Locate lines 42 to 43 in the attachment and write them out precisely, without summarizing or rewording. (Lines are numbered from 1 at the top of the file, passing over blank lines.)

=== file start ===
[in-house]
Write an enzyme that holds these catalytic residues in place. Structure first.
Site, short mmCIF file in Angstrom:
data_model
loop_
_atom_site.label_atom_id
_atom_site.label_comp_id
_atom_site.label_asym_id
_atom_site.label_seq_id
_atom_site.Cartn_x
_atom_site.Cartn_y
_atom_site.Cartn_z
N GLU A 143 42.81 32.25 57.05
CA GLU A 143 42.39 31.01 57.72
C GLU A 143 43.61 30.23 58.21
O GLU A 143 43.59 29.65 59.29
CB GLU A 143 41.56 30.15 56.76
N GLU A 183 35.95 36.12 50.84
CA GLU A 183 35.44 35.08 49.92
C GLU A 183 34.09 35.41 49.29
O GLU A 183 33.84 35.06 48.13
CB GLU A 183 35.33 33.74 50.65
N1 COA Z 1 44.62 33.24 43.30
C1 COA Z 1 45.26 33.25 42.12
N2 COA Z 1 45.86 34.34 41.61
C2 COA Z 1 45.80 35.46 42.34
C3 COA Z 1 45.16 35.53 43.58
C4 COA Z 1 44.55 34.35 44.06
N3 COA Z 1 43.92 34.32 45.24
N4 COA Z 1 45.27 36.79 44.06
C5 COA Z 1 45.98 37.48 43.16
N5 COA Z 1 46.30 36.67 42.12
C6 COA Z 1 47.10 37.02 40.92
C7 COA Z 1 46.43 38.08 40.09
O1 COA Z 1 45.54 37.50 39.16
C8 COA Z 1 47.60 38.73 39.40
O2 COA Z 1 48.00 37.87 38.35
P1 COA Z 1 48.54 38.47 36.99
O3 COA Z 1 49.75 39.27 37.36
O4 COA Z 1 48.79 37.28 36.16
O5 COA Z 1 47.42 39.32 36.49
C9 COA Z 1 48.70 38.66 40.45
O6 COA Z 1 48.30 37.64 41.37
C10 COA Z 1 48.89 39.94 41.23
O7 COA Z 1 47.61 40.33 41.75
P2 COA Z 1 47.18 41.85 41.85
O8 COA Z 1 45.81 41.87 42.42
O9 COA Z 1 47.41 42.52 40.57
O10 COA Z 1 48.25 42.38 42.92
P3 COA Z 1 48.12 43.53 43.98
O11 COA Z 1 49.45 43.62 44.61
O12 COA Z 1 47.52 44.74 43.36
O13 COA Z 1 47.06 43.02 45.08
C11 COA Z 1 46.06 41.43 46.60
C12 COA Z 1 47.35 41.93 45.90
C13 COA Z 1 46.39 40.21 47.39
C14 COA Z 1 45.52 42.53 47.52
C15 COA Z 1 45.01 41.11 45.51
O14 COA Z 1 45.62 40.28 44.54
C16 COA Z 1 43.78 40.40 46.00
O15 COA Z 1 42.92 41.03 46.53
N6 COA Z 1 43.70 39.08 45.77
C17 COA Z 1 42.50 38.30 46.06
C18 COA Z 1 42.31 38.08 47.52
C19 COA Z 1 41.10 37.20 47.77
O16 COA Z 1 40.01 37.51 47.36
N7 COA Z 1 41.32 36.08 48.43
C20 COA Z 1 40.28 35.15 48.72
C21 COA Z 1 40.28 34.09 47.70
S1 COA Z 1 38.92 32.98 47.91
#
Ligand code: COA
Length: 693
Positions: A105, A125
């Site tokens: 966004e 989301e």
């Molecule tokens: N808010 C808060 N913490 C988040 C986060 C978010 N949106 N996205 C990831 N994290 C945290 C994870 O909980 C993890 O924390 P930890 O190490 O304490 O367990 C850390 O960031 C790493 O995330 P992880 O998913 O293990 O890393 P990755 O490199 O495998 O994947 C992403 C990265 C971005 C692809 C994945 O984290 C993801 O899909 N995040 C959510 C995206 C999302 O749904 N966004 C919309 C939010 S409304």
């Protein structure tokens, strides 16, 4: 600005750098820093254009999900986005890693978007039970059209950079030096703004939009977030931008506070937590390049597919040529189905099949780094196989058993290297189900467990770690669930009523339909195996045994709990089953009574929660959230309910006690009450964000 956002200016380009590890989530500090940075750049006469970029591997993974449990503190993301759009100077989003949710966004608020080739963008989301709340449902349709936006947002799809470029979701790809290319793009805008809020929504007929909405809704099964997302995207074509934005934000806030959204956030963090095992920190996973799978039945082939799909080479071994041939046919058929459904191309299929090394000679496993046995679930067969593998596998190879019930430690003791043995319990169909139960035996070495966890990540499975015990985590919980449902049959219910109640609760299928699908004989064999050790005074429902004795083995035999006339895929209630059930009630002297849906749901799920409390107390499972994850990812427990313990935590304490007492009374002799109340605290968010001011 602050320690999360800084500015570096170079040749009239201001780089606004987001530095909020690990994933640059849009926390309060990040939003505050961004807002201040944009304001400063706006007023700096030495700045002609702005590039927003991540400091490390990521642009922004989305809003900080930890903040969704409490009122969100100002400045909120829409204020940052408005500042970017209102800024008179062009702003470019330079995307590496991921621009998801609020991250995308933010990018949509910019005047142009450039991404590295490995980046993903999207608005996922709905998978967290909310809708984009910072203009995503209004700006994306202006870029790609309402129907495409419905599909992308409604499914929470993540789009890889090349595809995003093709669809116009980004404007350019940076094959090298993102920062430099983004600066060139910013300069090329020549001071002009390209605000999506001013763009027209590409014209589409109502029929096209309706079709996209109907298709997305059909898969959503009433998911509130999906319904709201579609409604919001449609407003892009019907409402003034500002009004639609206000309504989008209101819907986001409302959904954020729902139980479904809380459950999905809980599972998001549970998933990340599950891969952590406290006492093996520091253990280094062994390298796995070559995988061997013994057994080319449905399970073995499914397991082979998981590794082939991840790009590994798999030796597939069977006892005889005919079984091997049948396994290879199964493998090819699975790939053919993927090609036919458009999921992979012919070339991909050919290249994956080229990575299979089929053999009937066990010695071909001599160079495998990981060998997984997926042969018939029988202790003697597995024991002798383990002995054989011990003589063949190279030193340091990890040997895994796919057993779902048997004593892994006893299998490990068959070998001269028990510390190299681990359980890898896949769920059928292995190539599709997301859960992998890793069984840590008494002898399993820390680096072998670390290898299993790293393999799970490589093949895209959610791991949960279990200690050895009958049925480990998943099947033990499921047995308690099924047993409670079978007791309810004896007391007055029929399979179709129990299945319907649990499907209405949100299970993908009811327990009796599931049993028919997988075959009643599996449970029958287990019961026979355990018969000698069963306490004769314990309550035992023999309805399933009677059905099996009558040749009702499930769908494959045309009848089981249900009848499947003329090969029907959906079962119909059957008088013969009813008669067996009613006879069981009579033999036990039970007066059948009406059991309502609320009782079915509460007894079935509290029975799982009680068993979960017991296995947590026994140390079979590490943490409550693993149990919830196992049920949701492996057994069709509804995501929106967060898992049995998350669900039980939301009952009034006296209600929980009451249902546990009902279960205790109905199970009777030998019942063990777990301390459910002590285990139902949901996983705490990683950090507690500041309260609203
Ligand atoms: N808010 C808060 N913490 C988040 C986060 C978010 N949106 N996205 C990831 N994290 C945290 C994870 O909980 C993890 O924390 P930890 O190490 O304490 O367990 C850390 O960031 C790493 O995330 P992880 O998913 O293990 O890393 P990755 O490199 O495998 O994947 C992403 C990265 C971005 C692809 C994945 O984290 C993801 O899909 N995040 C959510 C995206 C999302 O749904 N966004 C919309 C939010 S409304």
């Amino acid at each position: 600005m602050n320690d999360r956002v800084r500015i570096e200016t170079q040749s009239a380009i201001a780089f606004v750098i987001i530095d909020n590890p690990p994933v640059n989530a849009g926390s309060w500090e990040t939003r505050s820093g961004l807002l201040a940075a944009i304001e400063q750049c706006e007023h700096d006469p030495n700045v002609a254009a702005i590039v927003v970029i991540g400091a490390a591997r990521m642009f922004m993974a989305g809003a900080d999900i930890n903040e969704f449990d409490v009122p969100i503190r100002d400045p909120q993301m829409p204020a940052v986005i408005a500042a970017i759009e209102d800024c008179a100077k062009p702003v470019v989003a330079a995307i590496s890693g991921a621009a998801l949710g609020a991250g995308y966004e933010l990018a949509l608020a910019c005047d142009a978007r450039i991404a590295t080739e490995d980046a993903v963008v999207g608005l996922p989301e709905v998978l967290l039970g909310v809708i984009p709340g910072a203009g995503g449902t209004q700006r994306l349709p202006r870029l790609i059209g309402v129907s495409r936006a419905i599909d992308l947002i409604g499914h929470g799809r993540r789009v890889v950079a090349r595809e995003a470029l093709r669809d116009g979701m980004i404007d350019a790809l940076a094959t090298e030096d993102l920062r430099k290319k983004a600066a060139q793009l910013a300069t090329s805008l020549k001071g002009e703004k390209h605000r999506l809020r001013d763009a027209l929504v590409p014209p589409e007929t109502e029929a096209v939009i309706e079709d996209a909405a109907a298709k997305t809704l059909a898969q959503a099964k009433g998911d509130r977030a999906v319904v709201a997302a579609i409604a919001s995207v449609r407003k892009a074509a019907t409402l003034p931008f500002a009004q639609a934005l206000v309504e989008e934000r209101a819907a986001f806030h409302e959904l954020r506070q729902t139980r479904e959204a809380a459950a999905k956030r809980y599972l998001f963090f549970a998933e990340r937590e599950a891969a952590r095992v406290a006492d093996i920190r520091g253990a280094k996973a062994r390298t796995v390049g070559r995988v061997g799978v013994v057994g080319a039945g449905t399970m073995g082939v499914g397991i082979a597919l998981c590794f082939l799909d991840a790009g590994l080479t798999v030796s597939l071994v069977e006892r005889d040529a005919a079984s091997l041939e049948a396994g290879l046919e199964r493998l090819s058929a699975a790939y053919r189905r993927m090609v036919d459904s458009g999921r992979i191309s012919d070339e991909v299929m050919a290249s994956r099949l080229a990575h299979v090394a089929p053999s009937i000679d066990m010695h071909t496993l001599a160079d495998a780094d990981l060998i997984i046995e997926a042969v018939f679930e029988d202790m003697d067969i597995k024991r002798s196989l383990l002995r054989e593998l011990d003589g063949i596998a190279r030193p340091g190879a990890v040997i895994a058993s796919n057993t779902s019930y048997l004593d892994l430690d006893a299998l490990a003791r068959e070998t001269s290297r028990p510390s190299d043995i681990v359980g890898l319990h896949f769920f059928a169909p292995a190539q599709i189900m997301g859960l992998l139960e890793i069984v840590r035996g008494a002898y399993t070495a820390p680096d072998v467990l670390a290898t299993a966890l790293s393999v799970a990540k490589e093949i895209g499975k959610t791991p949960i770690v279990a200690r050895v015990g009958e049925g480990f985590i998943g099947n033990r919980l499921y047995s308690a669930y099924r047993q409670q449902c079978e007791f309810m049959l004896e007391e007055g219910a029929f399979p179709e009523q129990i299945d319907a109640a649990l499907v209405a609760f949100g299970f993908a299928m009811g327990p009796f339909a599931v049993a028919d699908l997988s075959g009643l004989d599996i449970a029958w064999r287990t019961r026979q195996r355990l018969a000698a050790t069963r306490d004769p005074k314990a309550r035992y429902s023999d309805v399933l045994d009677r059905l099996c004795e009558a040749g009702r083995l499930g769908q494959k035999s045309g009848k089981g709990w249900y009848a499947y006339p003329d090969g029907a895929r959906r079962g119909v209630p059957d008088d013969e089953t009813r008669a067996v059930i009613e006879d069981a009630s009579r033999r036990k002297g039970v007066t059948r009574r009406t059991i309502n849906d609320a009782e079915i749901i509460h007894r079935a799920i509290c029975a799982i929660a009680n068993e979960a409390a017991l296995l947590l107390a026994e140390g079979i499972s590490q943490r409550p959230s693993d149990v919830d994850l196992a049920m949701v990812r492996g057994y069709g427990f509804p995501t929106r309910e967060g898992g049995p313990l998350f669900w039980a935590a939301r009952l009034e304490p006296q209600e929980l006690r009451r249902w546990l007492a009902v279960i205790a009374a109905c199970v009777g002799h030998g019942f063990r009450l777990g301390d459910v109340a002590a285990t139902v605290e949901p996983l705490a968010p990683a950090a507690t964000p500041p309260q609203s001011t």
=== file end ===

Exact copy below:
C9 COA Z 1 48.70 38.66 40.45
O6 COA Z 1 48.30 37.64 41.37